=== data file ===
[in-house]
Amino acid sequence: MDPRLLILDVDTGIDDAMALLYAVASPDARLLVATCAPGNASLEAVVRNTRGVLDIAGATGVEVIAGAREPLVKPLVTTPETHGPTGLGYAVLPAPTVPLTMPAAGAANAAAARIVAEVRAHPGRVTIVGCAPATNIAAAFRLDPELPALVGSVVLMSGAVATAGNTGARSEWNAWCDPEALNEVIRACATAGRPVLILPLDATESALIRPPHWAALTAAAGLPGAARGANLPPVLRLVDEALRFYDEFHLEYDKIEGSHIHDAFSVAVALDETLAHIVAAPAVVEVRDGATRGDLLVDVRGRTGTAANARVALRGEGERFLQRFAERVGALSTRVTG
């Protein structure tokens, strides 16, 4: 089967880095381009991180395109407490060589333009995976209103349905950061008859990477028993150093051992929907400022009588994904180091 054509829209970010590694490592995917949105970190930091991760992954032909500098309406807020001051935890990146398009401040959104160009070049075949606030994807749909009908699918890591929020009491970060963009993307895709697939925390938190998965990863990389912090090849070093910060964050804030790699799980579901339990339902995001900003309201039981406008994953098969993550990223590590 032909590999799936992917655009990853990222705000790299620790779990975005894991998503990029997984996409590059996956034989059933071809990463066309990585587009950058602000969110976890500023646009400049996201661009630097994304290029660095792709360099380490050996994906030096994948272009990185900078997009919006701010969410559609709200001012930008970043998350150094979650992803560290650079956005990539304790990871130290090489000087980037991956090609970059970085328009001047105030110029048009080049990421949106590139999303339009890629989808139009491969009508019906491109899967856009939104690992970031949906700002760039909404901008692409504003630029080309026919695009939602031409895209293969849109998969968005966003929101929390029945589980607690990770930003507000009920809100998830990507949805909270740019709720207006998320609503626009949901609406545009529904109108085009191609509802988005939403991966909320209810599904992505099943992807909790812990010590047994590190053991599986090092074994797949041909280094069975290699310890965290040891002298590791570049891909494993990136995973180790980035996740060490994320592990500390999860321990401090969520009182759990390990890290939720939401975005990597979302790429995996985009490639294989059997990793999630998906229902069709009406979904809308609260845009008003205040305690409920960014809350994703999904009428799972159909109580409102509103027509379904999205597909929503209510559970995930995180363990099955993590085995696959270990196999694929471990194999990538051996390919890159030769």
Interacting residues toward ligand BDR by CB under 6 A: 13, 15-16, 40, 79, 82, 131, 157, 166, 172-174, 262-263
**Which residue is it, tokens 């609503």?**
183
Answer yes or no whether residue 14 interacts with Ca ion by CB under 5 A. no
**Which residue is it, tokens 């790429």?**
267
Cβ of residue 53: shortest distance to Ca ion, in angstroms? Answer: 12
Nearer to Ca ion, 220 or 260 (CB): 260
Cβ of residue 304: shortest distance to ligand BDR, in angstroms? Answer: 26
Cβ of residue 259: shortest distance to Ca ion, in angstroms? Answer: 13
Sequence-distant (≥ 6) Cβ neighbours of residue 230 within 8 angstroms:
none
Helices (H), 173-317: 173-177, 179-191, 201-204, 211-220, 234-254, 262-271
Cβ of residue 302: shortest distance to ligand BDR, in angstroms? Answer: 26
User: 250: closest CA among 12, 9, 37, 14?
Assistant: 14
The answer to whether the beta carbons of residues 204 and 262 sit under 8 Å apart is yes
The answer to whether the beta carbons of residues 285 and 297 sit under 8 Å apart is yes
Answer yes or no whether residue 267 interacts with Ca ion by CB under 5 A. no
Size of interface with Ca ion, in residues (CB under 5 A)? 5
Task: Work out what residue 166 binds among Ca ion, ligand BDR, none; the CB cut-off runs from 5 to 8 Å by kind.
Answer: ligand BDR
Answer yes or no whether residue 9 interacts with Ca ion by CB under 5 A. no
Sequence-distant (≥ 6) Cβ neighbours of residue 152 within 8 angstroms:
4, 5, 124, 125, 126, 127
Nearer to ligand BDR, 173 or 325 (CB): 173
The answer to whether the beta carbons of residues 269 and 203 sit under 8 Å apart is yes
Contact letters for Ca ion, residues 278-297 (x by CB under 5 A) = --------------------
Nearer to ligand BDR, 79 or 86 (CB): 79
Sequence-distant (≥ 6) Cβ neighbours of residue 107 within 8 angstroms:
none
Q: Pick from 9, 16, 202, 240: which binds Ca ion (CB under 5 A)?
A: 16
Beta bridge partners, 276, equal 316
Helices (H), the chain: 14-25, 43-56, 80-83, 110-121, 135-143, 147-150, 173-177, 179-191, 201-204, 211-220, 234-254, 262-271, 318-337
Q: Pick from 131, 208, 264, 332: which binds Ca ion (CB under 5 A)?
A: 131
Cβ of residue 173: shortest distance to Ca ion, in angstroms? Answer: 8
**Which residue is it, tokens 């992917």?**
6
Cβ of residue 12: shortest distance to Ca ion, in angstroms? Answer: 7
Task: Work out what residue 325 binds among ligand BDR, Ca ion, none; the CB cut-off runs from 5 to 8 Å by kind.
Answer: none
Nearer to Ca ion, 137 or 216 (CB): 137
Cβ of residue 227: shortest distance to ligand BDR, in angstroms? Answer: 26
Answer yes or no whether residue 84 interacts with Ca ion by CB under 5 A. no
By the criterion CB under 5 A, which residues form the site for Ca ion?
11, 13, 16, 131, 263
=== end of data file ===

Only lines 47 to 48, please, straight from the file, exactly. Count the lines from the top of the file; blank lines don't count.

Nearer to Ca ion, 137 or 216 (CB): 137
Cβ of residue 227: shortest distance to ligand BDR, in angstroms? Answer: 26